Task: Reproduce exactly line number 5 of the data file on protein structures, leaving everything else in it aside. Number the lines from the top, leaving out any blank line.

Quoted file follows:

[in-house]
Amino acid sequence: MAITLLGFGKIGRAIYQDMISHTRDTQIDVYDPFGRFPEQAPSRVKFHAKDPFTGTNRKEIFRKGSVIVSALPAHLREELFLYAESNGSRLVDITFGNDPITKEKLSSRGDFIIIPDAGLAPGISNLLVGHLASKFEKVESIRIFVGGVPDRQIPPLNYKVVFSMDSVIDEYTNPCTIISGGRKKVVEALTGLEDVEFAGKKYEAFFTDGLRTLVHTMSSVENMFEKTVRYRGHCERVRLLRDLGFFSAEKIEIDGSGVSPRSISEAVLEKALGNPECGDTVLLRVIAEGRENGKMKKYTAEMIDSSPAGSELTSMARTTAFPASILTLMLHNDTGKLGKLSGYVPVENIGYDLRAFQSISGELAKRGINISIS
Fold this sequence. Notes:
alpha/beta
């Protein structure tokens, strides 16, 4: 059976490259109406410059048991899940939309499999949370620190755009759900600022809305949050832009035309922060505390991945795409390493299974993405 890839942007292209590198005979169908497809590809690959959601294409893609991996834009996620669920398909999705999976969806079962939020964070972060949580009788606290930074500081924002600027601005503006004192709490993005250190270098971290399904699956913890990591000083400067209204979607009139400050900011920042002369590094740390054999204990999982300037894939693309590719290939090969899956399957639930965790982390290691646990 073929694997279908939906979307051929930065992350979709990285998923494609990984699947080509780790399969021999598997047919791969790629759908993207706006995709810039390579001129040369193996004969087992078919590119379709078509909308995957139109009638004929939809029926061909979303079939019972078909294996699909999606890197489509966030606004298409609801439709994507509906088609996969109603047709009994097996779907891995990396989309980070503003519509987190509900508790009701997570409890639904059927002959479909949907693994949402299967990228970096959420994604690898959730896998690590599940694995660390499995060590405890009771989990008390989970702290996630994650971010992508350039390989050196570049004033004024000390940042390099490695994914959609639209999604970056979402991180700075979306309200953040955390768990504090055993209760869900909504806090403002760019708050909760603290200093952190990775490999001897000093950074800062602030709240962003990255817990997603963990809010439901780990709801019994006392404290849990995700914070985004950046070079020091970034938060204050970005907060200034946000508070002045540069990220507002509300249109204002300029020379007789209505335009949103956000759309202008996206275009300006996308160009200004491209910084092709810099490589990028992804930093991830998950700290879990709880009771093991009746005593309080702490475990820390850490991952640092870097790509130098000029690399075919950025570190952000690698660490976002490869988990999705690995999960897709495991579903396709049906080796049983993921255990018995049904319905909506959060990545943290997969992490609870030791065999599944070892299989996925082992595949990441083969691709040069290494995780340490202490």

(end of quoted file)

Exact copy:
């Protein structure tokens, strides 16, 4: 059976490259109406410059048991899940939309499999949370620190755009759900600022809305949050832009035309922060505390991945795409390493299974993405 890839942007292209590198005979169908497809590809690959959601294409893609991996834009996620669920398909999705999976969806079962939020964070972060949580009788606290930074500081924002600027601005503006004192709490993005250190270098971290399904699956913890990591000083400067209204979607009139400050900011920042002369590094740390054999204990999982300037894939693309590719290939090969899956399957639930965790982390290691646990 073929694997279908939906979307051929930065992350979709990285998923494609990984699947080509780790399969021999598997047919791969790629759908993207706006995709810039390579001129040369193996004969087992078919590119379709078509909308995957139109009638004929939809029926061909979303079939019972078909294996699909999606890197489509966030606004298409609801439709994507509906088609996969109603047709009994097996779907891995990396989309980070503003519509987190509900508790009701997570409890639904059927002959479909949907693994949402299967990228970096959420994604690898959730896998690590599940694995660390499995060590405890009771989990008390989970702290996630994650971010992508350039390989050196570049004033004024000390940042390099490695994914959609639209999604970056979402991180700075979306309200953040955390768990504090055993209760869900909504806090403002760019708050909760603290200093952190990775490999001897000093950074800062602030709240962003990255817990997603963990809010439901780990709801019994006392404290849990995700914070985004950046070079020091970034938060204050970005907060200034946000508070002045540069990220507002509300249109204002300029020379007789209505335009949103956000759309202008996206275009300006996308160009200004491209910084092709810099490589990028992804930093991830998950700290879990709880009771093991009746005593309080702490475990820390850490991952640092870097790509130098000029690399075919950025570190952000690698660490976002490869988990999705690995999960897709495991579903396709049906080796049983993921255990018995049904319905909506959060990545943290997969992490609870030791065999599944070892299989996925082992595949990441083969691709040069290494995780340490202490």